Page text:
• 27JUN: PM Cameron told parliament that Britain must not turn its back on Europe or the rest of the world even though it is leaving the European Union. (AFP)
  • 27JUN: The leaders of Germany, France and Italy vowed “a new impulse” for the EU and told London they would make no deals before it formally informs Brussels it will leave the bloc. (AFP)

Sample of Twitter handles tweeting about the UK’s exit from the European Union

  • @AlexWhite1812 – Alex White, Regional Director, Economist Intelligence Unit
  • @ChrisGiles_ – Chris Giles, Economic Editor, Financial Times
  • @lizziedearden – Lizzie Dearden, Senior reporter, Independent
  • @RichardHaass – Richard N. Haass, President, Council on Foreign Relations
  • @steve_hanke – Steve Hanke, Professor of applied economics, Johns Hopkins University

Sample of Third Party Validators regarding the UK’s exit from the European Union

Ben Harris-Quinney, Chairman, The Bow Group

“For Boris the sooner a leadership challenge comes the better. If Cameron stays on longer than 12 months there is a real danger that other candidates will emerge and will have the time to establish their name and their position with the membership base.”

  • “Boris Johnson Emerges as Big Winner in Brexit Vote,” WSJ, 23JUN2016

Bronwen Maddox, Director, Institute for Government

“There is a growing intolerance for representative government, which is likely to have consequences for the ability of any government to run the country.”

  • “‘Brexit’ Aftershocks: More Rifts in Europe, and in Britain, Too,” NYT, 24JUN2016

Jeremy Greenstock, Chairman, Gatehouse Advisory

“The people of the U.K. are looking at a period of at least a decade when their economy and their global impact will stand at lower levels as a result of this decision. This will have to be adjusted to.”

  • “Britain struggles to absorb Brexit’s political and financial impact,” WP, 25JUN2016

Megan Greene, Chief economist, Manulife Asset Management

“The real question now is how badly the EU will punish the U.K. for this decision.”

  • “British Brace for Economic Repercussions of EU Exit Decision,” AP, 25JUN2016

Nicholas Cull, Professor of public diplomacy, University of Southern California Annenberg School for Communication and Journalism

“The whole ‘remain’ campaign got mired in the negative. But it’s bigger than the campaign. In terms of public diplomacy, the European Union failed to communicate and did not do enough to remind us of the European Dream. The European Dream was about learning to work together and about celebrating our differences, and about moving forward in peace, and about being better because our connections.”

  • “The British establishment didn’t think ‘Brexit’ could win, but it did. Here’s why.” LAT, 24JUN2016

Sample of open source research conducted by TRG analysts related to the UK’s exit from the European Union

  1.  British PM says Brexit poses ‘huge risk’ to economy

Media: Agence France-Presse (AFP)

Byline: N/A

Date: 21 June 2016

London, June 21, 2016 (AFP) – British Prime Minister David Cameron warned Tuesday that a vote to leave the EU in a referendum to be held in less than 48 hours would harm the economy, representing a “huge risk” for jobs and families.

“Above all it is about our economy,” he said outside the prime minister’s residence in London’s Downing Street.

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  1. Brexit specter rocks global financial markets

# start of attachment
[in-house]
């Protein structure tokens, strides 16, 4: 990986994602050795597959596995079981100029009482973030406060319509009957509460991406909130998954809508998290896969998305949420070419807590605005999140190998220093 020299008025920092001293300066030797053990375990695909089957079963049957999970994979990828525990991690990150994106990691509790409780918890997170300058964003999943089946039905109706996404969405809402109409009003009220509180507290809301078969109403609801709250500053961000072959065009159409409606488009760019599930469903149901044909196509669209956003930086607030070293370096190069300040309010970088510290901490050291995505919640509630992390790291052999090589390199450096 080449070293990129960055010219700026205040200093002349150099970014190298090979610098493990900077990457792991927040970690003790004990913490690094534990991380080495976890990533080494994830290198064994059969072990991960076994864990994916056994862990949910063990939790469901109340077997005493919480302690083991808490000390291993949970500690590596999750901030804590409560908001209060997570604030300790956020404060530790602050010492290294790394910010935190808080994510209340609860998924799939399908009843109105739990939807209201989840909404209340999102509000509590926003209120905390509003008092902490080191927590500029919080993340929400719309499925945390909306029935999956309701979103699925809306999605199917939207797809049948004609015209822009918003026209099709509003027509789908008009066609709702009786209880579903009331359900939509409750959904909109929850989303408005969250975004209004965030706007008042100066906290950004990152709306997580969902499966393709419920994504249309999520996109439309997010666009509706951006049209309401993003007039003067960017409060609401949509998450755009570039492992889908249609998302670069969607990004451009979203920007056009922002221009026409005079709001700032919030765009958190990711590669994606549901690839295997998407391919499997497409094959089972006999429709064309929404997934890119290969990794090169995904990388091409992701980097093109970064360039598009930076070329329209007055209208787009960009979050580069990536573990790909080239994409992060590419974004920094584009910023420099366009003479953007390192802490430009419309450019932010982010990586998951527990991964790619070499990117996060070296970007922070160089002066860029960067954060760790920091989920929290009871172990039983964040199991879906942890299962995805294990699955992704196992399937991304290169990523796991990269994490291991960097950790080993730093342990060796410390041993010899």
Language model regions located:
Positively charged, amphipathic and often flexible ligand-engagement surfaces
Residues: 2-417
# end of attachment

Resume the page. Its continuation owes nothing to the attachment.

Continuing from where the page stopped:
Media: Associated Press

Byline: N/A

Date: 24 June 2016

SEOUL, South Korea (AP) — Global financial markets dived on Friday as media reports forecast that British voters had opted to leave the European Union, shocking investors and triggering jitters across the globe.

Tokyo stocks plunged more than 7 percent and South Korea’s Kospi tumbled about 4 percent. Crude oil prices and U.S. futures also took a big hit. The British pound plummeted more than 10 percent in six hours while the yen surged nearly 4 percent to the U.S. dollar as investors seeking safety snapped up the Japanese currency.

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  1. Brexit unlikely to lead to contagion: EU’s Schulz

Media: Agence France-Presse (AFP)

Byline: N/A

Date: 24 June 2016

Frankfurt, June 24, 2016 (AFP) – The European Parliament’s chief expressed hopes Friday that Britain’s decision to leave the EU would not lead to contagion, as Germany’s finance minister said clear procedures for an exit from the bloc provided “reliability”.

EU Parliament President Martin Schulz said he would speak with German Chancellor Angela Merkel “on how we can avoid a chain reaction” of other EU states following.

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  1.  Irish leaders dismiss call for unity vote after Brexit

Media: Agence France-Presse (AFP)

Byline: N/A

Date: 24 June 2016

Dublin, June 24, 2016 (AFP) – The leaders of Ireland and the British province of Northern Ireland dismissed a call Friday for a vote on unification after Britain’s shock decision to leave the European Union.

Irish Prime Minister Enda Kenny said there were “much more serious issues to deal with in immediate terms” and recalled parliament for an emergency session on Monday, national media reported.

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  1. ANALYSIS: Britain has voted to leave the EU – what happens next?

Media: The Guardian (UK)

Byline: Patrick Wintour and Damien Gayle

Date: 25 June 2016

The UK’s historic decision to end its 43-year love-hate relationship with the European Union represents a turning point in British history to rank alongside the two world wars of the 20th century.

On the assumption there is no turning back, or collective buyer’s remorse, Britain will live with the political, constitutional, diplomatic and economic consequences for a decade or more.